Old premises received a modern safety lighting system

There is a valuable store building that was built over 100 years ago, located on the other side of Pitkänsilta in Hakaniemi, Helsinki. This ”Stockmann (a Finnish retailer) for working people”, also known as the ”house for gaining a livelihood” has now been renovated into a modern-day trade- and amusement centre with the help of the real estate investment company Antilooppi Management Ltd., with construction by SRV Yhtiöt plc. The building will be constructed as part of the development of the Hakaniemi Market Square and the surrounding area. The building, known as Siltasaari 10, was opened to the public last autumn.

And of course, where there are people, there must also be exits. Ramboll Finland Ltd., who were responsible for the electrical wiring design of the renovation, chose Exilight’s guide- and safety lighting systems. These systems fit excellently into the old premises because they are easy to install (which makes installation fast) and have low-current cabling. The safety lighting of Siltasaari 10 is based on Exilight’s addressable ESC-200-system, which has over 1500 guide- and safety lights connected to it.

An IoT-based emergency lighting system that is flexible at every stage

Text: Antti Leikas | Photos: Skanska

Lippulaiva (Flagship) sails for Espoonlahti

The construction of the Lippulaiva shopping centre began in 2020 and will be completed in 2022. The property will contain over 100 different types of business premises and the new Espoonlahti regional library. In addition, a commuter bus terminal and Espoonlahti’s new metro station (to be completed in 2023) will be located underneath the shopping centre. Lippulaiva’s yearly visitor count is estimated to be 8 million people once the property is completed, which, on average, is equivalent to over 20 thousand visitors per day. In an emergency, all visitors need to be guided safely out of the property.

A wireless solution leaves more space

I have designed the emergency lights of Pasila’s “Mall of Tripla” in which the traditional system was used where you could connect 100 luminaires to the control centre. In order to preserve flexibility, only 70 luminaires were used, because there had to be reserves in case of any changes”, says Hyvönen. “The emergency lighting system for Lippulaiva is EXIoT. In EXIoT, the data is transferred wirelessly between luminaires. In addition, the chosen luminaires have battery units, so it is straightforward to design their wiring.”

An IoT-based system does not set any upper limit to the number of luminaires, so in practice, the system can essentially be enlarged endlessly. “A solution like this is the most optimal for a shopping centre”, says Reijo Hyvönen. “The flexibility of the system is retained even if the layout is changed. There will not be a situation where it is necessary to add a new switchboard.”

The contractor approves the system

If the system is not flexible, the contractor always blames the designer for that”, says Hyvönen. “This has not happened with EXIoT. First, a simple wiring scheme and luminaires are installed. When the luminaire is turned on, this will be indicated on the computer screen.”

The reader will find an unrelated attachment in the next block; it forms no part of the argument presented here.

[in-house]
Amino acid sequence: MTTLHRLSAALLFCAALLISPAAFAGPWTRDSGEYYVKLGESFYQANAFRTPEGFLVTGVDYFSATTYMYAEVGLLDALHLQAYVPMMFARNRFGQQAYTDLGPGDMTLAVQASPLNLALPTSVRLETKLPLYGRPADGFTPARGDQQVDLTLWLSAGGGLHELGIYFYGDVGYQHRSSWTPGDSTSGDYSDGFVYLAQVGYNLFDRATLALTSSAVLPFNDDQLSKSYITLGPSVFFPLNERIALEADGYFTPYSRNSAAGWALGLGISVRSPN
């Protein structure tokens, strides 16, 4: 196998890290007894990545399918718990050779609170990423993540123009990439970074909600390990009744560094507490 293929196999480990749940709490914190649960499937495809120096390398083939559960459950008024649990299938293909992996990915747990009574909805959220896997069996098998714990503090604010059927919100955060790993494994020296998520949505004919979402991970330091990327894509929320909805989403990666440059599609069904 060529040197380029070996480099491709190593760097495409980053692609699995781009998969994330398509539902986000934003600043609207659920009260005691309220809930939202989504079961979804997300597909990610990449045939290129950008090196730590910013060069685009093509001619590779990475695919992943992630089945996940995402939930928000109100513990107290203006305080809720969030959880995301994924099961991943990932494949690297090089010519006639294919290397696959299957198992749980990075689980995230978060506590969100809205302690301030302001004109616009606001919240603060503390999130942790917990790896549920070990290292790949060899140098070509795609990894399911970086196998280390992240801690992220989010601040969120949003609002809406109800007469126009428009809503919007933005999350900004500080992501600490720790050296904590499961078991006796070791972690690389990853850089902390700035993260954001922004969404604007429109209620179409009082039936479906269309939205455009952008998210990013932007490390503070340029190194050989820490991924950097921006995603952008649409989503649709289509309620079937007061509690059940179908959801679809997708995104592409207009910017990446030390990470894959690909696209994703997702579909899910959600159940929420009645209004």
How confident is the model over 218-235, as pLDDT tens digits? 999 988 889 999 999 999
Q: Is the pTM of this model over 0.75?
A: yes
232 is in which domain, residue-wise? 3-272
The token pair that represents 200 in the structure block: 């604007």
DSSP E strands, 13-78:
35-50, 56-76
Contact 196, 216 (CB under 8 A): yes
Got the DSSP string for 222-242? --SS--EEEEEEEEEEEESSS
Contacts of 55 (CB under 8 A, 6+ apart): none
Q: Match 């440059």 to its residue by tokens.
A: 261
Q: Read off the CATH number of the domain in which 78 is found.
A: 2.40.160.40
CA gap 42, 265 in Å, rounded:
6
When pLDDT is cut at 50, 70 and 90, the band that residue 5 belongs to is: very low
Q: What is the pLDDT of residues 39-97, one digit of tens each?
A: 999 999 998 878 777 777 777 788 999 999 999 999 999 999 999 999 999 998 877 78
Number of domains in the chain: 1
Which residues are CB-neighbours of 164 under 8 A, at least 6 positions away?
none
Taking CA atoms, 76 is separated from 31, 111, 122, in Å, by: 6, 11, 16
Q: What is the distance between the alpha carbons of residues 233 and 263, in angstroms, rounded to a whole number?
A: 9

The same length as the container ship “Ever Given”

Espoo’s Lippulaiva is the length of the container ship “Ever Given” (the 400-metre-long ship that recently blocked the Suez Canal). The length is challenging for wireless networks, but an advantage of EXIoT in this kind of large property is a mesh network, which is independently formed between luminaires. It means that the network reaches as far as there are luminaires. Luminaires with battery units notify themselves when there is a need for maintenance or when the battery is running out, so the only property maintenance task is to react to the notifications. “Monitoring can be carried out from anywhere, in a centralised way”, says Palle Rökman from EXIoT. By contrast, “a system implemented with traditional technology can have tens of control centres.”

Initialisation is also done in stages

Everything can be done in stages in a wireless IoT-based system; design, installation, as well as initialisation. The system is completely neutral to the addition of new luminaires. After the system has been installed, connecting new luminaires is simply done by turning them on”, says Rökman. “I know that this sounds almost too easy, but this is how it works.”

Finnish Institute for Health and Welfare (THL), Helsinki

The construction of the new Building K for the Finnish Institute for Health and Welfare (THL) has been completed on Mannerheimintie, Helsinki. The new construction will house, among other things, the forensic autopsy functions and the laboratory of histology, forensic toxicology and forensic genetics as well as common facilities that serve the campus area. Exilight supplied the state-of-the-art EXIoT emergency lighting system for the site. The system utilises wireless communication between addressable luminaires, and the operation of the emergency lighting can be remotely monitored.

As the EXIoT system uses wireless communication, it is very flexible and easy to modify and implement gradually as the work progresses. It is not necessary to complete the entire system at once, and it is easy to add new luminaires to the system at a later stage. The system does not have a maximum number of luminaires; therefore, when adding new devices, there is no need to worry about group or luminaire limits as is the case with a conventional emergency lighting switchboard.